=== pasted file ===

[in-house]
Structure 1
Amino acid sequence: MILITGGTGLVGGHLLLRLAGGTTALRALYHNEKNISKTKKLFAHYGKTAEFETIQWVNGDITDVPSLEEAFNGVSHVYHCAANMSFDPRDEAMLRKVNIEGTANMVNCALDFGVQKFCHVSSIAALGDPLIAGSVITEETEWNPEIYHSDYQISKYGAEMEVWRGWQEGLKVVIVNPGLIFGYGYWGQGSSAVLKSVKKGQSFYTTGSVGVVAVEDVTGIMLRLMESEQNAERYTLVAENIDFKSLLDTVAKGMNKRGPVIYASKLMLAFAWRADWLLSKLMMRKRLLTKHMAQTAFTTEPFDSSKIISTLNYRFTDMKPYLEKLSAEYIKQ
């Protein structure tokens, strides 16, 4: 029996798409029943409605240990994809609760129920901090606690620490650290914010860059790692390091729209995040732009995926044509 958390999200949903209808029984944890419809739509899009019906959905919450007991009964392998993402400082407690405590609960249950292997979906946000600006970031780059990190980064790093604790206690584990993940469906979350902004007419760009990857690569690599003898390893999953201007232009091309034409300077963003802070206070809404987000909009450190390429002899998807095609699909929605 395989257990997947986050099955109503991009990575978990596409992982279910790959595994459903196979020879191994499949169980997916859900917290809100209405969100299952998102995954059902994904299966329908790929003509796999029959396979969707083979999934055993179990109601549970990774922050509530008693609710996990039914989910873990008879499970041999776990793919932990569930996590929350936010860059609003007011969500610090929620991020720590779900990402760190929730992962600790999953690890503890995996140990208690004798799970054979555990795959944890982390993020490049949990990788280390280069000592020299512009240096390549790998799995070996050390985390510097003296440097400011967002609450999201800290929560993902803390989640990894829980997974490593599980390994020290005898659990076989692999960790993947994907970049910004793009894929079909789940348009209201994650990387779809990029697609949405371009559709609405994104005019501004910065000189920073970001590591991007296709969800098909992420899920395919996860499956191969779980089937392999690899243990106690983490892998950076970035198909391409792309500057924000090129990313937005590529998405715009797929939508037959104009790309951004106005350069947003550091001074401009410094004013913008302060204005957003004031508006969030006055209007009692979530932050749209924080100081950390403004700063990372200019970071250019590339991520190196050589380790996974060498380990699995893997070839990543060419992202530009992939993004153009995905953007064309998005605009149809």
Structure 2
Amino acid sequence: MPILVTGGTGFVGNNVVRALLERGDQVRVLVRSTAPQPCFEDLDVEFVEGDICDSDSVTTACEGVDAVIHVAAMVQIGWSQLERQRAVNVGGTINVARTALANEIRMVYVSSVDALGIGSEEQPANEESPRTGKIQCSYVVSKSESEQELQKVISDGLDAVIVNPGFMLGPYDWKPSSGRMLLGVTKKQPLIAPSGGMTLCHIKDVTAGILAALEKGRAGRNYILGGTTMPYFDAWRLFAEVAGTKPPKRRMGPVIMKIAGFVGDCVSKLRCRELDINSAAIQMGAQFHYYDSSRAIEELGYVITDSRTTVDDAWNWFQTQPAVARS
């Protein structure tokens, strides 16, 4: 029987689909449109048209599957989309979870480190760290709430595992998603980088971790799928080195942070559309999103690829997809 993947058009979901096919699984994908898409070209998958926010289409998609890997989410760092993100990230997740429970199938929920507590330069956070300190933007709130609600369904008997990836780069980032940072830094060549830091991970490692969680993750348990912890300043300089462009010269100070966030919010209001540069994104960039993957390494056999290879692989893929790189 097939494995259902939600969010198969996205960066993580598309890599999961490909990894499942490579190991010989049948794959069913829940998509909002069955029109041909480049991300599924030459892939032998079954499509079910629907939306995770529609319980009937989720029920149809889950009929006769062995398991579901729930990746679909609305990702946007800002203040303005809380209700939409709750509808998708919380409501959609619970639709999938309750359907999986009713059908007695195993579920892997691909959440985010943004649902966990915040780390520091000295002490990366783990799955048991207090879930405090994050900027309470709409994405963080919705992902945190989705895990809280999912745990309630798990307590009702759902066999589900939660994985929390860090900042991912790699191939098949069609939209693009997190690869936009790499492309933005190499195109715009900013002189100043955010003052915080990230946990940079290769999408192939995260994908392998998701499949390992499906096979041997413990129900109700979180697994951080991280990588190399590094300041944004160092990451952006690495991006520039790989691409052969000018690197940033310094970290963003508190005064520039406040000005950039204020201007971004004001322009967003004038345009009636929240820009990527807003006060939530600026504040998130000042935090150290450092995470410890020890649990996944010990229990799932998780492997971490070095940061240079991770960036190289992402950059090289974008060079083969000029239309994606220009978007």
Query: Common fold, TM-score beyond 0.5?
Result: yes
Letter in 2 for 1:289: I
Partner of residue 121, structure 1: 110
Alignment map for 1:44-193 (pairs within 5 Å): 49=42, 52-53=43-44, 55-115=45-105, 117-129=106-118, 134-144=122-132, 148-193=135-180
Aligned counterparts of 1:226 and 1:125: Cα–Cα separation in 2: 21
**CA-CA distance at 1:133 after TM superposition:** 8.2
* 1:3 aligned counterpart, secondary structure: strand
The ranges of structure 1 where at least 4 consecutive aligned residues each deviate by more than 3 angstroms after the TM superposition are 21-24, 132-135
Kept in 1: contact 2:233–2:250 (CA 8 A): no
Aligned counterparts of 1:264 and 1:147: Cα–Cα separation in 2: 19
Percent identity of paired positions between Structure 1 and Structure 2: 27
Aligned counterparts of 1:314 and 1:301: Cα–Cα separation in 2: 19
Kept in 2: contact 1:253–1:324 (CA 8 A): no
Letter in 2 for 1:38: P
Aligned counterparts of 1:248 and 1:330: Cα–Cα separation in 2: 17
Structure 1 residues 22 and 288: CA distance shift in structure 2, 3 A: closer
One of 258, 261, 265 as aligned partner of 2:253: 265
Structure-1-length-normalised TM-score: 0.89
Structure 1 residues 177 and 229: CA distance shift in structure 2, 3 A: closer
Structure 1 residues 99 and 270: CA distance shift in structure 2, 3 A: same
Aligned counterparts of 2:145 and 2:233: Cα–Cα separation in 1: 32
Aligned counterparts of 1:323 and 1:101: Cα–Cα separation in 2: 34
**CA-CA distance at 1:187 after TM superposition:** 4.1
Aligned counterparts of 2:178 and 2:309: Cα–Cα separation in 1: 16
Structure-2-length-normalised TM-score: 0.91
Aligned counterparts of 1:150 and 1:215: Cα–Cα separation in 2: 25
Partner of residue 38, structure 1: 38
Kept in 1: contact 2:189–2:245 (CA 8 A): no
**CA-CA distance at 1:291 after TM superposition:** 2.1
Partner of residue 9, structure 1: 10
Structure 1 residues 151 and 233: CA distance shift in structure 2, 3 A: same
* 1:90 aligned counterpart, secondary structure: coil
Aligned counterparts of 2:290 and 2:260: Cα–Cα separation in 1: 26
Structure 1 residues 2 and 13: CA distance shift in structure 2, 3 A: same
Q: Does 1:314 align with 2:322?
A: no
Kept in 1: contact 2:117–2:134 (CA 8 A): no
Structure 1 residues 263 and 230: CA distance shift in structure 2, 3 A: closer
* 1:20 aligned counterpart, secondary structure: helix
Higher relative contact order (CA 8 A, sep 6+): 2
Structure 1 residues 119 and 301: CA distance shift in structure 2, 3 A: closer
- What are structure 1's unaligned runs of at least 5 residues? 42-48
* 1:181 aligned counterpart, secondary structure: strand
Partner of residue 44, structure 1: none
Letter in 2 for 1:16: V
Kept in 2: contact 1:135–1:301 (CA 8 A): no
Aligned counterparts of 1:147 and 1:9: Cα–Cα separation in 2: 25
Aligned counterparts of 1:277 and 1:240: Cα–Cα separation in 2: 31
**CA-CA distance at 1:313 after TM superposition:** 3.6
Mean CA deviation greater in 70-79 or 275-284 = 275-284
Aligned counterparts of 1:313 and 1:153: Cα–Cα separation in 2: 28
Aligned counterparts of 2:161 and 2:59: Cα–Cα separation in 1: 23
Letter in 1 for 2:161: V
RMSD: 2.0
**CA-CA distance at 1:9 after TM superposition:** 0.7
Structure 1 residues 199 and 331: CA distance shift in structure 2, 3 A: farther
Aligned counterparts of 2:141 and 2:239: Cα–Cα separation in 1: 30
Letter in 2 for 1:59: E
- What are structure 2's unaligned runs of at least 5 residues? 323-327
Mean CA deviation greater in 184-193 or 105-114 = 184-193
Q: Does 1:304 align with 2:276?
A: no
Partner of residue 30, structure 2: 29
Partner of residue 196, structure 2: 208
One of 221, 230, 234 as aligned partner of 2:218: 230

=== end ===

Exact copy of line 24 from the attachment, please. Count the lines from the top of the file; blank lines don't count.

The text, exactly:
Structure 1 residues 22 and 288: CA distance shift in structure 2, 3 A: closer